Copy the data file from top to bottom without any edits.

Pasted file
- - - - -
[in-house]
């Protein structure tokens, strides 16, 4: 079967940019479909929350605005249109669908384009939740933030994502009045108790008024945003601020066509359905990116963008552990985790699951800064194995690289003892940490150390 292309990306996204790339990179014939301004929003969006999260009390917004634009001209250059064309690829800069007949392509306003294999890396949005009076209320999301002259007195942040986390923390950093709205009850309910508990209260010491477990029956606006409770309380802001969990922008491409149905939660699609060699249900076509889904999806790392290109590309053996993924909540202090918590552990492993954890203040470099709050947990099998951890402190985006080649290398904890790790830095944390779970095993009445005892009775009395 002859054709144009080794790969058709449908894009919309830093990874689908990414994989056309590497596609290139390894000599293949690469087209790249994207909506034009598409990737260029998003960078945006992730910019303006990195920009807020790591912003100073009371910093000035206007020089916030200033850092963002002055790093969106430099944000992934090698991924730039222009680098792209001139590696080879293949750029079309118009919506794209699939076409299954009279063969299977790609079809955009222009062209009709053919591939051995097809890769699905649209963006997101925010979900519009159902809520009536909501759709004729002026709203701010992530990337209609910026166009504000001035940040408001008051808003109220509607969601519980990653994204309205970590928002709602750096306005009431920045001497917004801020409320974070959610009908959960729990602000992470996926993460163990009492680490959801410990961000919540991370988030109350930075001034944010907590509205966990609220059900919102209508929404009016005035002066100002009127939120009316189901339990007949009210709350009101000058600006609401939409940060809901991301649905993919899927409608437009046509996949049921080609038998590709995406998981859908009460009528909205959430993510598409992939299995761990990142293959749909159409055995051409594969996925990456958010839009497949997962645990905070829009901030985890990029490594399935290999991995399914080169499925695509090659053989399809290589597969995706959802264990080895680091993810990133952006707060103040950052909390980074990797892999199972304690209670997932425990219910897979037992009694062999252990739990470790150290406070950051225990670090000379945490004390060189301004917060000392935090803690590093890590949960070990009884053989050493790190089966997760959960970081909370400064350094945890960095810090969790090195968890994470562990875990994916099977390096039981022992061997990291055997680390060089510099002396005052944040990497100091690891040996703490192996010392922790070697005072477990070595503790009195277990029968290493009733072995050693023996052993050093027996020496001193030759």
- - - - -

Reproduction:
[in-house]
């Protein structure tokens, strides 16, 4: 079967940019479909929350605005249109669908384009939740933030994502009045108790008024945003601020066509359905990116963008552990985790699951800064194995690289003892940490150390 292309990306996204790339990179014939301004929003969006999260009390917004634009001209250059064309690829800069007949392509306003294999890396949005009076209320999301002259007195942040986390923390950093709205009850309910508990209260010491477990029956606006409770309380802001969990922008491409149905939660699609060699249900076509889904999806790392290109590309053996993924909540202090918590552990492993954890203040470099709050947990099998951890402190985006080649290398904890790790830095944390779970095993009445005892009775009395 002859054709144009080794790969058709449908894009919309830093990874689908990414994989056309590497596609290139390894000599293949690469087209790249994207909506034009598409990737260029998003960078945006992730910019303006990195920009807020790591912003100073009371910093000035206007020089916030200033850092963002002055790093969106430099944000992934090698991924730039222009680098792209001139590696080879293949750029079309118009919506794209699939076409299954009279063969299977790609079809955009222009062209009709053919591939051995097809890769699905649209963006997101925010979900519009159902809520009536909501759709004729002026709203701010992530990337209609910026166009504000001035940040408001008051808003109220509607969601519980990653994204309205970590928002709602750096306005009431920045001497917004801020409320974070959610009908959960729990602000992470996926993460163990009492680490959801410990961000919540991370988030109350930075001034944010907590509205966990609220059900919102209508929404009016005035002066100002009127939120009316189901339990007949009210709350009101000058600006609401939409940060809901991301649905993919899927409608437009046509996949049921080609038998590709995406998981859908009460009528909205959430993510598409992939299995761990990142293959749909159409055995051409594969996925990456958010839009497949997962645990905070829009901030985890990029490594399935290999991995399914080169499925695509090659053989399809290589597969995706959802264990080895680091993810990133952006707060103040950052909390980074990797892999199972304690209670997932425990219910897979037992009694062999252990739990470790150290406070950051225990670090000379945490004390060189301004917060000392935090803690590093890590949960070990009884053989050493790190089966997760959960970081909370400064350094945890960095810090969790090195968890994470562990875990994916099977390096039981022992061997990291055997680390060089510099002396005052944040990497100091690891040996703490192996010392922790070697005072477990070595503790009195277990029968290493009733072995050693023996052993050093027996020496001193030759």